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            The Hondells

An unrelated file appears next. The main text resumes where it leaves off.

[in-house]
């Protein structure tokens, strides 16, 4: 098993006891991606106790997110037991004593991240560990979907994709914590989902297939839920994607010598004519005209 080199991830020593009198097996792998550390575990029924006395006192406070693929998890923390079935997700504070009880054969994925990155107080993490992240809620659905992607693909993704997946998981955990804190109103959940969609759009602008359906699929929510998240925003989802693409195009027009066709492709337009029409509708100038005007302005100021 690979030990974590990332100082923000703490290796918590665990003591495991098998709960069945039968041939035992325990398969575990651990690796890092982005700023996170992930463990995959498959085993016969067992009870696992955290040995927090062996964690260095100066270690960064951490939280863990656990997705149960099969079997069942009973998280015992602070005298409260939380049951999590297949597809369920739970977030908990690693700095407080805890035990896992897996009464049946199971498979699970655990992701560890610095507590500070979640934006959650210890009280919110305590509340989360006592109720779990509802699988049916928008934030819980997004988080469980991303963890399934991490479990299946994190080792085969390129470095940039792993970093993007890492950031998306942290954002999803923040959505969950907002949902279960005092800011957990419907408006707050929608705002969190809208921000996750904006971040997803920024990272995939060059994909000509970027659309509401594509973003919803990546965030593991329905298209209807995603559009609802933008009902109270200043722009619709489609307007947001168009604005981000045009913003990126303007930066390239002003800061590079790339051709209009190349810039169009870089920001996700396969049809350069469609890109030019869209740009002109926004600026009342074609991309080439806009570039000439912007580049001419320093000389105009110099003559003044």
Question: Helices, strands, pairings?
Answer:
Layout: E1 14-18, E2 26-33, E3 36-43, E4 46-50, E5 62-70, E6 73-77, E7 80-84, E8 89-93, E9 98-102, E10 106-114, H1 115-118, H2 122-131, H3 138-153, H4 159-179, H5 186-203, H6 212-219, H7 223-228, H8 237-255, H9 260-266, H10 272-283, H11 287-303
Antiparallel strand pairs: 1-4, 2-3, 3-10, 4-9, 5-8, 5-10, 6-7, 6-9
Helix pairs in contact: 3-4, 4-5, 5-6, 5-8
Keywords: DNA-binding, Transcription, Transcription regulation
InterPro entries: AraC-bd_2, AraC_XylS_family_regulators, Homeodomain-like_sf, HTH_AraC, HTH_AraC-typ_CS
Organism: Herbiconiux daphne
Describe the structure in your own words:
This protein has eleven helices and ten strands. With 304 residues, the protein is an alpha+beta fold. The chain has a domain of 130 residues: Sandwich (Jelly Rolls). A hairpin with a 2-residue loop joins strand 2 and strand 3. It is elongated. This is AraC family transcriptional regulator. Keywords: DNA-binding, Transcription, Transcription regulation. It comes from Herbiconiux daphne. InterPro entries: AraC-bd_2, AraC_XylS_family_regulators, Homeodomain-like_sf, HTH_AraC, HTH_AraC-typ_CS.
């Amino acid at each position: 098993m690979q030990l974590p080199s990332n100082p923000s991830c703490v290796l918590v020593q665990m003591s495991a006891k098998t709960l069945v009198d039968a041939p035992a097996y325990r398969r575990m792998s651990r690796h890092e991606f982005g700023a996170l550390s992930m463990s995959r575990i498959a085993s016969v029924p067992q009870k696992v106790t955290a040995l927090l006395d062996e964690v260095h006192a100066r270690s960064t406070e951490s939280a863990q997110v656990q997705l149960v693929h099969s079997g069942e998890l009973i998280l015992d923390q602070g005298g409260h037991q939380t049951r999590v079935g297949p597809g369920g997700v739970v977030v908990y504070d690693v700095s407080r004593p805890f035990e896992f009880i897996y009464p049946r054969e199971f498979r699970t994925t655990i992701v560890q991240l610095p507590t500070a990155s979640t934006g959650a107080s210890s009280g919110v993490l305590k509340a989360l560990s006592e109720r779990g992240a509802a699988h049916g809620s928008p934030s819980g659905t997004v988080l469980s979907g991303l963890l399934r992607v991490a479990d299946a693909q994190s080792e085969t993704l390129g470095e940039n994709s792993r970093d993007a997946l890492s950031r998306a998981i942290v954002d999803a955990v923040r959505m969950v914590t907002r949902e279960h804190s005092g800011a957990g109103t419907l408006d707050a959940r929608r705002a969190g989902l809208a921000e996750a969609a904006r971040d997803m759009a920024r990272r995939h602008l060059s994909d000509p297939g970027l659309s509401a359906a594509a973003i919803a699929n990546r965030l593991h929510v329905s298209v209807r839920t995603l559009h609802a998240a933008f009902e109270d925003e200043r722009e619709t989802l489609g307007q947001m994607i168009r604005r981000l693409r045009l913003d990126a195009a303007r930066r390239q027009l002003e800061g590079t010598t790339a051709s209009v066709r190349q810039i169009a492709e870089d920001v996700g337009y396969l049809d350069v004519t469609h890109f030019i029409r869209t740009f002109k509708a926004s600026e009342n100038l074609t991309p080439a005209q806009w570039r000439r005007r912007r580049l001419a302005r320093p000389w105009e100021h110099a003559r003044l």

The Hondells were a 60s surf/hot rod rock band from Los Angeles, California. The group was initially formed as a studio outfit by music producer and songwriter Gary Usher in 1964. Among the musicians who were involved in the studio incarnation of the Hondells were Glen Campbell, Hal Blaine, Richard A. Podolor, Joe Kelly, Chuck Girard and Curt Boettcher. The band scored their sole big hit with the extremely bouncy and catchy "Little Honda" in 1964; this song was written by Brian Wilson and Mike Love of The Beach Boys fame and peaked at #9 on the Billboard pop charts. Usher quickly assembled a legitimate version of the group to capitalize on the success of "Little Honda". Ritchie Burns, who had sung backing vocals on "Little Honda", was promoted to lead singer of this particular band. However, since Burns was still working in a bank at the time he became a full-fledged member, he didn't appear on the group's cover photo on their self-titled album; he had friends pose as band members, instead. The Hondells not only appeared on such popular 1960s music variety TV programs as "Shindig!" (1964) and "Bandstand" (1952) but also popped up as themselves and performed a few songs in the enjoyably silly "Beach Party" comedy features Beach Ball (1965), Beach Blanket Bingo (1965) and Ski Party (1965). Moreover, the band sang the title tune during the opening and ending credits of the film Winter A-Go-Go (1965). Alas, the group was unable to match the success of "Little Honda": the follow-up song "My Buddy Seat" only went to #87 on the Billboard pop charts while their cover of The Lovin' Spoonful's "Younger Girl" stalled at #52. The Hondells as both a band and a name were retired in 1970.